The Andy Warhol Foundation for the Visual Arts has announced that it will award $100,000 to the Smithsonian’s National Museum of the American Indian — ending an eight-year-old ban on providing money to the Smithsonian Institution.
The money will go to a retrospective exhibition of work by the painter Oscar Howe, who was a member of the Yanktonai Dakota tribe. The show will be at the National Museum of the American Indian’s New York facility.
The ban was instituted in 2010 when the National Portrait Gallery removed David Wojnarowicz’s video “A Fire in My Belly” from its exhibition “Hide/Seek: Difference and Desire in American Portraiture” because of political pressure. The Warhol Foundation had supported the show and saw the removal of the artwork as an example of “blatant censorship” that the then-secretary of the foundation, Wayne Clough, called “unconscionable.”
In addition to licensing Warhol’s work and supporting scholarly research, the Warhol Foundation also provides grants to arts organizations.
“We believe that the ban has had its intended effect of promoting freedom of artistic expression at the national level,” Joel Wachs, the foundation’s president, said in the statement announcing the repeal. “The Smithsonian has also demonstrated a strong track record of highlighting underrepresented artists over the past eight years, which aligns well with the Foundation’s core values.”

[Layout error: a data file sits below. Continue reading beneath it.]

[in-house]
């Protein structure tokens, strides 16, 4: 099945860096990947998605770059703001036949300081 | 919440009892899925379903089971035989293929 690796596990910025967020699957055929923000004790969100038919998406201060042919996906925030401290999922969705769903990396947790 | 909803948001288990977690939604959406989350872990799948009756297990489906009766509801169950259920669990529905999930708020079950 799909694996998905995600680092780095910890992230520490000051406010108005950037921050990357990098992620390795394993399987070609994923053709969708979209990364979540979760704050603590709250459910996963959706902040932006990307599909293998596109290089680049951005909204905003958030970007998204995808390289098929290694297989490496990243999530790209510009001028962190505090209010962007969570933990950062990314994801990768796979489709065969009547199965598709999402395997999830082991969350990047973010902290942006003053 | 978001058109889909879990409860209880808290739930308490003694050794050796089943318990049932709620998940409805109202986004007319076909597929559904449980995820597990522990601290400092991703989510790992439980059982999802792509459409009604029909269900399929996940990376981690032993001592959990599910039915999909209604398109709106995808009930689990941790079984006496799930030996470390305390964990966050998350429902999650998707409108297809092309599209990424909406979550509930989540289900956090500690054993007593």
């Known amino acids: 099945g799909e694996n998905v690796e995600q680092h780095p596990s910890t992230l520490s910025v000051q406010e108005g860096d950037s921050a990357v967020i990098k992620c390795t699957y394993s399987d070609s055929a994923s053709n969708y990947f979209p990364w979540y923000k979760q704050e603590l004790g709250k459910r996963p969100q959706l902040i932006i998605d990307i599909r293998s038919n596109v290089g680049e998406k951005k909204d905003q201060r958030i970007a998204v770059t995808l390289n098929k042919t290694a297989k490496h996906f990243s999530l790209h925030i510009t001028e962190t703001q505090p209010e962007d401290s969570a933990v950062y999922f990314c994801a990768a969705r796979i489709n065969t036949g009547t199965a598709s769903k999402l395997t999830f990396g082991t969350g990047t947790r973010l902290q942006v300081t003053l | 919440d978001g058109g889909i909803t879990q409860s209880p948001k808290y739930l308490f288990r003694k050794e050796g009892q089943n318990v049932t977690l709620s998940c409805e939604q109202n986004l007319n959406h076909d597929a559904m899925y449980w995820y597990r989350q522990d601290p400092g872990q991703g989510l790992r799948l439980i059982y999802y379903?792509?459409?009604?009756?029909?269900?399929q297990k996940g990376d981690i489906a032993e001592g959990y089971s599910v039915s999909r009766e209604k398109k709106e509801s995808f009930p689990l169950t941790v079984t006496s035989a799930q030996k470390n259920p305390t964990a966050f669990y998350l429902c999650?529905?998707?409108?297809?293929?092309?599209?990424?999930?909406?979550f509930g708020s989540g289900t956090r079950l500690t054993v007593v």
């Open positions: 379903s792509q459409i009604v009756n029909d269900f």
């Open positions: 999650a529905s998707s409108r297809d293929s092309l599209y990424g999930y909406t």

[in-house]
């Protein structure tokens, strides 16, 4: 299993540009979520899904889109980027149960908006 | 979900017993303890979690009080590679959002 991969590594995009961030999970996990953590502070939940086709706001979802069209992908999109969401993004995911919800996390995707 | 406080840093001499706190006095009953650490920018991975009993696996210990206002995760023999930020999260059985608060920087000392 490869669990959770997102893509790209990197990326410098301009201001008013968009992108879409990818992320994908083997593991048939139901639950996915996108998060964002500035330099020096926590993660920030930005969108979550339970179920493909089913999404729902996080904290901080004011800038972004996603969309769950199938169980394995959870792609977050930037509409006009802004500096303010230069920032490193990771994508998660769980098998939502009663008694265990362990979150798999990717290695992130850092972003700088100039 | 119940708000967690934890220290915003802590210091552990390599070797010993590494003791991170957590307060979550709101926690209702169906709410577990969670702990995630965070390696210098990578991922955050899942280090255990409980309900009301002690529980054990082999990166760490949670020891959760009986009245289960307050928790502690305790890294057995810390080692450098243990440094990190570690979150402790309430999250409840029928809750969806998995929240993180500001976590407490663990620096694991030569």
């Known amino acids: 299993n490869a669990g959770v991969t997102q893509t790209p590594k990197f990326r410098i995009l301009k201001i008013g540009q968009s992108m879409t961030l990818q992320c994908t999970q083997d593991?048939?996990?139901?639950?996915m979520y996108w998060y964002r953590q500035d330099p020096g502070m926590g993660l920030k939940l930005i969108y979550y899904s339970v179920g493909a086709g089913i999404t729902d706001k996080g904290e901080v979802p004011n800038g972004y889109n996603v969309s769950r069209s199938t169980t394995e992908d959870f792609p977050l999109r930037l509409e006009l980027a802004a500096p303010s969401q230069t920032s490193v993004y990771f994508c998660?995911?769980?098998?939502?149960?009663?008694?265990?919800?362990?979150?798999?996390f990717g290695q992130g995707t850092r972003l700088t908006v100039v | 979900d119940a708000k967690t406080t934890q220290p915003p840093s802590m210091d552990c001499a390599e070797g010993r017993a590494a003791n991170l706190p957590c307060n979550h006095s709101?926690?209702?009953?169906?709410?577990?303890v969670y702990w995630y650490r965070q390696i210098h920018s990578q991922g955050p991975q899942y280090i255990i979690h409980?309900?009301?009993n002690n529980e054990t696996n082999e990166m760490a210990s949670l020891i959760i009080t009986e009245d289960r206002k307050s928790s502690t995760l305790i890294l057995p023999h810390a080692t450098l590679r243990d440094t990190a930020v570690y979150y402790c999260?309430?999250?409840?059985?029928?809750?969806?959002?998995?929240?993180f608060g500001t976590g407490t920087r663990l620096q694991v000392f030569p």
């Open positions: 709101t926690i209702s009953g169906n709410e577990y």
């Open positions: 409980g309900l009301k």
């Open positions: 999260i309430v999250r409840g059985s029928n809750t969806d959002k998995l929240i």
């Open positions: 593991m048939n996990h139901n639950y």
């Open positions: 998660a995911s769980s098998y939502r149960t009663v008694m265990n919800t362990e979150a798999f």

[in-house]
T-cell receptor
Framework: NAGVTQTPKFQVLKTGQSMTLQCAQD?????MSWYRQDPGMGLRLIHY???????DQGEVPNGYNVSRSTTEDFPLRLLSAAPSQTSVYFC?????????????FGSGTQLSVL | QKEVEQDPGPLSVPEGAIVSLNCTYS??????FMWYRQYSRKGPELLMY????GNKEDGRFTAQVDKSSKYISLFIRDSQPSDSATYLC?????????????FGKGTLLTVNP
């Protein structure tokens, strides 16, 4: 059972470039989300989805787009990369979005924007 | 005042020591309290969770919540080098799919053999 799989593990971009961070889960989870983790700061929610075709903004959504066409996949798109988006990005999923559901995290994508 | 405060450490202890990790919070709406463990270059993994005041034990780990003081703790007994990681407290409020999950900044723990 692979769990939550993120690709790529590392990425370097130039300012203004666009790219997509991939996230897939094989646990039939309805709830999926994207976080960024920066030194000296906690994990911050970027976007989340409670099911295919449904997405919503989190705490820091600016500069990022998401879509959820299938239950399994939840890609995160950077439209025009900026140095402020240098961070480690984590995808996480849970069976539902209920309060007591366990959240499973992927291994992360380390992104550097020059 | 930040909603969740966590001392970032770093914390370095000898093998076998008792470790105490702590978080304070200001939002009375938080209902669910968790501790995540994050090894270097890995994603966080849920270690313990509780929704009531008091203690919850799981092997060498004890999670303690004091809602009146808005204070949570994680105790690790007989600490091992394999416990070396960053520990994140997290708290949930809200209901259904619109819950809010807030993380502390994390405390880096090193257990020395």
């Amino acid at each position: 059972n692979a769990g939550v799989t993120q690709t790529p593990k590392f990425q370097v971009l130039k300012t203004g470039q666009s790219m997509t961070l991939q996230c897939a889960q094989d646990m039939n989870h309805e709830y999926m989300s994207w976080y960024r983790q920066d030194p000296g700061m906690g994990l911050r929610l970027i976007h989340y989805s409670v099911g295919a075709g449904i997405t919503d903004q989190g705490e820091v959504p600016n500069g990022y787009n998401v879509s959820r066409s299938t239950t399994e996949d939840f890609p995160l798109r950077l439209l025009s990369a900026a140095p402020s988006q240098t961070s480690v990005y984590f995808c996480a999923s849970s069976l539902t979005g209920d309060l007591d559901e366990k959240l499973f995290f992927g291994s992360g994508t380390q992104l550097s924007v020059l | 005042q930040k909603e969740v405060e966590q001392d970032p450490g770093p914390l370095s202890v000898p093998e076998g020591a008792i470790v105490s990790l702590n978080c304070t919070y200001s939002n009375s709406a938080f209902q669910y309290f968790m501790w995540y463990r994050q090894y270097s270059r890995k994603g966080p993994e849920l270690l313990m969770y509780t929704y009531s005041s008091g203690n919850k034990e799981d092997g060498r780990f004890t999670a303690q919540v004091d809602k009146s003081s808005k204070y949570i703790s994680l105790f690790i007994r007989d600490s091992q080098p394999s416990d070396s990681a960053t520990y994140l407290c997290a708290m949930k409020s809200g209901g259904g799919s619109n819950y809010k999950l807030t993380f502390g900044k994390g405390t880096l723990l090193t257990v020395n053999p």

Mr. Wachs said that the Foundation has reviewed its decision every year, but until now hadn’t been comfortable reversing it. “We thought that a period of time has to go by before you know whether someone has really changed,” he said in an interview on Friday. The Oscar Howe show, he added, came along and seemed like a perfect example of what the foundation wants to support.
Wojnarowicz’s video came under fire from the Catholic League and members of the House of Representatives for its perceived disrespect to Christianity. One image — of ants crawling on a crucifix — was singled out for criticism. At the time, Martin E. Sullivan, the director of the National Portrait Gallery, said that the aim of the work was to articulate “the reality of the suffering of the AIDS epidemic in Latin American culture,” not to criticize or demean Christianity. Nevertheless, the piece was removed from the exhibition. (Wojnarowicz died at age 37 of AIDS-related complications in 1992.)
The Oscar Howe retrospective will include approximately 75 of his paintings, some of which have never been publicly exhibited. Mr. Howe, who died in 1983, was a pioneer of contemporary Native American art whose style combines abstraction with passionate, expressive dynamism. The remainder of the Warhol Foundation’s fall 2018 grants will be announced next week.
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